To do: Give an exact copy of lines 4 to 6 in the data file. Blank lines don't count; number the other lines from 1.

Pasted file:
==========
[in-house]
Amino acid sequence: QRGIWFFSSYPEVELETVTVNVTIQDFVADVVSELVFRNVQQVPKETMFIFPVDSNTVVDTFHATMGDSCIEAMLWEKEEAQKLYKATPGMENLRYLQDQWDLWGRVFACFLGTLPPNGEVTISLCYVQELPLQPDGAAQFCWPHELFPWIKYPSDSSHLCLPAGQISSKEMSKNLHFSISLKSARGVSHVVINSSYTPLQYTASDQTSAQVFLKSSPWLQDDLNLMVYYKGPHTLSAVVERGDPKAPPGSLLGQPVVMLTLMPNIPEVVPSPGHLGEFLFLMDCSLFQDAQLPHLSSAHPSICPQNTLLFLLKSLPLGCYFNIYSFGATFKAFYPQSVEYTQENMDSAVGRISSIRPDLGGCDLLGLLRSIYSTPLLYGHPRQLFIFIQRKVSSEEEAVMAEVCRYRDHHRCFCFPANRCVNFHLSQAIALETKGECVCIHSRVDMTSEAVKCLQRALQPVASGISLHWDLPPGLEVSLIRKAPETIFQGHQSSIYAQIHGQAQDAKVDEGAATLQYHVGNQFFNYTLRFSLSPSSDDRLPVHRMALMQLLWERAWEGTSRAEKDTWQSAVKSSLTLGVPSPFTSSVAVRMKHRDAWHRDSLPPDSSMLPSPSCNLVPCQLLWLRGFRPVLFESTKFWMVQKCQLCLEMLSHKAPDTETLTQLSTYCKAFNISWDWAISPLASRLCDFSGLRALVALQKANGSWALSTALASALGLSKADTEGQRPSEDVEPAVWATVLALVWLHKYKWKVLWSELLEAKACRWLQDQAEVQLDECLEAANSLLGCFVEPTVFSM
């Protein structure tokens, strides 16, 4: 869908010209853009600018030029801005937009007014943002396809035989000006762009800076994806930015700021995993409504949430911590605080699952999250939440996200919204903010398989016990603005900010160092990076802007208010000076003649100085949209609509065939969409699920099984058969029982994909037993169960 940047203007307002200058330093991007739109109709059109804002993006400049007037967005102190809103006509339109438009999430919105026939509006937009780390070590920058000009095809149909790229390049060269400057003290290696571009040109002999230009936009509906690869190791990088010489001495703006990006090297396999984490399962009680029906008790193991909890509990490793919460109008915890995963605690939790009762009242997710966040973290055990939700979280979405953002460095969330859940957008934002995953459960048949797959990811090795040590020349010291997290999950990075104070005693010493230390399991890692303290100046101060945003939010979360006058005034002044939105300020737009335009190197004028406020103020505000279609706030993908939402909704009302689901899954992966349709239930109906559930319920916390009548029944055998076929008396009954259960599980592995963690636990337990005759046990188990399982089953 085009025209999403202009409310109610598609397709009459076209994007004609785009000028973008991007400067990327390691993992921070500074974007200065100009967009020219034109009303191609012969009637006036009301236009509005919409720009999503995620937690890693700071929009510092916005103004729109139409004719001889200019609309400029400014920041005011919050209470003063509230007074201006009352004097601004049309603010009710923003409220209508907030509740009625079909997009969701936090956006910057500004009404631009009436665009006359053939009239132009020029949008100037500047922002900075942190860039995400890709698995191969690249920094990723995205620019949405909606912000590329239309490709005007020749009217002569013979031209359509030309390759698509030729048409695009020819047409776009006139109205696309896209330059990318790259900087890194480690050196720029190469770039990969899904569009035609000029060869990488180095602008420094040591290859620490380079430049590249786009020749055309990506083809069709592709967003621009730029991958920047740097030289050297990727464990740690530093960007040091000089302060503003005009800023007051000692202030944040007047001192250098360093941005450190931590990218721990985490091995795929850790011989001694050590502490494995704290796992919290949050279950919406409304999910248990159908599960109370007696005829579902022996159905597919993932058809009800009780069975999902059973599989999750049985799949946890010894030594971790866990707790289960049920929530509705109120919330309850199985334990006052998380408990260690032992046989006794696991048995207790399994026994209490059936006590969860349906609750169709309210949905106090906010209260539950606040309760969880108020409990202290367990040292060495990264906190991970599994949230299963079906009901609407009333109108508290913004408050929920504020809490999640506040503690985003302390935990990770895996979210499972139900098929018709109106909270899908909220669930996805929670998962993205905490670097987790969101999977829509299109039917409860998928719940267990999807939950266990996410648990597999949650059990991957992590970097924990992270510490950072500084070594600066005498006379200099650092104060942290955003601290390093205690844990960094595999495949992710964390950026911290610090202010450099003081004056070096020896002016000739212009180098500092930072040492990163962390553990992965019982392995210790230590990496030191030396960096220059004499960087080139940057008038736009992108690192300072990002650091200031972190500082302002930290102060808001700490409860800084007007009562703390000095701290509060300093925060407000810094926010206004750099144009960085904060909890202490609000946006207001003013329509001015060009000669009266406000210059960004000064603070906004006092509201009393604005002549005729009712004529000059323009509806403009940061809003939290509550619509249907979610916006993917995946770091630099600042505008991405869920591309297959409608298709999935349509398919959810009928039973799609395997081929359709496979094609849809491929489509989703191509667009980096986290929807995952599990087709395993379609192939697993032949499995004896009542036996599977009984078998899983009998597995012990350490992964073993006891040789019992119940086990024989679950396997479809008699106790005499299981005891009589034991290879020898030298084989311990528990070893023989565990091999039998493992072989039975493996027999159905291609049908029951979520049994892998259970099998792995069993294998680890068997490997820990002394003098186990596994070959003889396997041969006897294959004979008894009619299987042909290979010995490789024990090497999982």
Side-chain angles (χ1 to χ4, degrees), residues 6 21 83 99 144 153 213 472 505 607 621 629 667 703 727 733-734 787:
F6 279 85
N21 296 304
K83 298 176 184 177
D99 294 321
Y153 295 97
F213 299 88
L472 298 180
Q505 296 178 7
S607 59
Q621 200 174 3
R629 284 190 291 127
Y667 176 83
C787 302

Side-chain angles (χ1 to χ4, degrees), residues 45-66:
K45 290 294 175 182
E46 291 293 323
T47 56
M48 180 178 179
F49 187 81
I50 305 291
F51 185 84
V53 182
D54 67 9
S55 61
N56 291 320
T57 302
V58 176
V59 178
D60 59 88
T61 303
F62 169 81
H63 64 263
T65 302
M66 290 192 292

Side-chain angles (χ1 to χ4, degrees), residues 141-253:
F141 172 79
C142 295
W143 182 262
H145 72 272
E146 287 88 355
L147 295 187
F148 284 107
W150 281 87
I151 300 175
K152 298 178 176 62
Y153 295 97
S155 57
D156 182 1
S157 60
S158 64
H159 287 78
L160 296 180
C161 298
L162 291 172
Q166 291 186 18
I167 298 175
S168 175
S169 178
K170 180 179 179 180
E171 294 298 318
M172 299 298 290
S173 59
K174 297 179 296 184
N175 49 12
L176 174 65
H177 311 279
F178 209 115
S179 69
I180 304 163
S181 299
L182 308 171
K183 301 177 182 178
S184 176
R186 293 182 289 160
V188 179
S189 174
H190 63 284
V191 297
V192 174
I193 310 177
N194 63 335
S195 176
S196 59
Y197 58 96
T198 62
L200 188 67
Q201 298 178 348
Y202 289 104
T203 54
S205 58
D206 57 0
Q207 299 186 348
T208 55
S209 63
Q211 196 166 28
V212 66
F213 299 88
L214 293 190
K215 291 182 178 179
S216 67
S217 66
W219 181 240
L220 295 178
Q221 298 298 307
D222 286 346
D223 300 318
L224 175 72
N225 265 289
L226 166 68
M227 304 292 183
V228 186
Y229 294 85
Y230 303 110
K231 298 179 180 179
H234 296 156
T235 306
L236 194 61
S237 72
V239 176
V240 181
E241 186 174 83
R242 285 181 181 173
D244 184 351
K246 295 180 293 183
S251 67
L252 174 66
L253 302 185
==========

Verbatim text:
Side-chain angles (χ1 to χ4, degrees), residues 6 21 83 99 144 153 213 472 505 607 621 629 667 703 727 733-734 787:
F6 279 85
N21 296 304